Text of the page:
Author Topic: Pizzeria Bianco - Phoenix, AZ  (Read 15173 times)

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Offline BradLovesPizza

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Pizzeria Bianco - Phoenix, AZ
« on: April 04, 2005, 10:03:33 AM »
I had an opportunity to visit Pizzeria Bianco in Phoenix AZ last week. I was very impressed.

Showed up at 8pm on a Wednesday night. They were able to seat me at the bar at 9pm. This is a very popular restaurant. They regularly have 100 people waiting when the doors open at 5pm they say. Supposedly this restaurant has been featured on food network, and in lots of food magazines.

It is a small restaurant. The patron area is probably 40'x40'. A quarter of this is taken up by the wood fired oven, a quarter by the bar, and the remainder is regular tables.

Ordered a salad. It was just greens and an oil-based dressing. The greens were 2 kinds of leaf lettcuce that I've never had before.  Salad was very good - though not what I'm used to.

Ok, the pizza. They have 6 pizzas available. I told them I like lots of toppings, so they suggested I get the magarita (sp?) and add toppings allacarte. I asked if they had pepperoni, and they instead said they used salami. I wasn't too sure about this after not liking salami on a pizza I made earlier in the week, but went ahead with it. I also asked for sausage and mushrooms.  Sausage, Pepperoni (or now Salami) ,Mushrooms has always been a good combo for me.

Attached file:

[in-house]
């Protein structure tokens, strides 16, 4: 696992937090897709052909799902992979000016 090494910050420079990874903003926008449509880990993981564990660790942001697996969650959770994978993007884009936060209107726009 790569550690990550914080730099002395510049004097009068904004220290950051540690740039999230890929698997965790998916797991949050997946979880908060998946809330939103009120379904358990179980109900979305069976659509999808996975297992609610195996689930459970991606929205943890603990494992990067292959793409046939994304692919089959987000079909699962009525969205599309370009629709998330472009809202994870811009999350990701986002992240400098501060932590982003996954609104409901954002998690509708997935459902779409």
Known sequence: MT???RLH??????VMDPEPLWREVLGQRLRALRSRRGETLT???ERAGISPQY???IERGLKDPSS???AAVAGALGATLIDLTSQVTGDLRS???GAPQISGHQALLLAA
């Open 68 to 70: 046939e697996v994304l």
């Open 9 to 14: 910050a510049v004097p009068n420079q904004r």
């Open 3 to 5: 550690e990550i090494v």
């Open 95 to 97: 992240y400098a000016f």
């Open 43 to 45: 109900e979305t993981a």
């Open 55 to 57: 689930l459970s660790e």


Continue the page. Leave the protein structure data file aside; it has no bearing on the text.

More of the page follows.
There were two people making pizzas that night. I'm assuming one of them was the owner. He looked very famous chef-like.

The dough. Each pizza appeared to get the same dough. It seemed to be a bit whiter than dough that I'm used to. They would shape it a bit, and gently toss it in the air a couple times. From the distance I was sitting, it appeared that they were tossing a white dish rag. I would guess in the center of the dough was only 1/16 of an inch or so.

The pizza was placed in the oven - before doing so, he would blow some air under it. I'm guessing it was only in there 4-5 minutes. Before taking each pizza out, they would raise it about a foot in the air inside the oven. I'm guessing to get some of the wood smoke into it - or maybe dry out the bottom.

I really enjoyed the pizza. The salami was somewhat irregularly cut in about 2" by 2" squared, and cut thinner than most pepperoni I'm used to. Unlike the salami I got at kroger - which seemed purplish, this was more reddish - like pepperoni. The sausage was a 1 1/4" link-style sausage cut in slices at a 45 degree angles about 1/4 inch thich. It was a white sausage not strong in flavor - was very good! Boy do I wish I knew where he gets these ingredients Mushrooms didn't appear to be anything special. They were good. Smallish. Cut in 1/8" slices.

I can't believe it, but I don't even recall the sauce. The all-important sauce! I'm guessing there wasn't much on there.

Crust turned out to be lightly crispy on the outside. The inside was not chewy, but not too doughy either.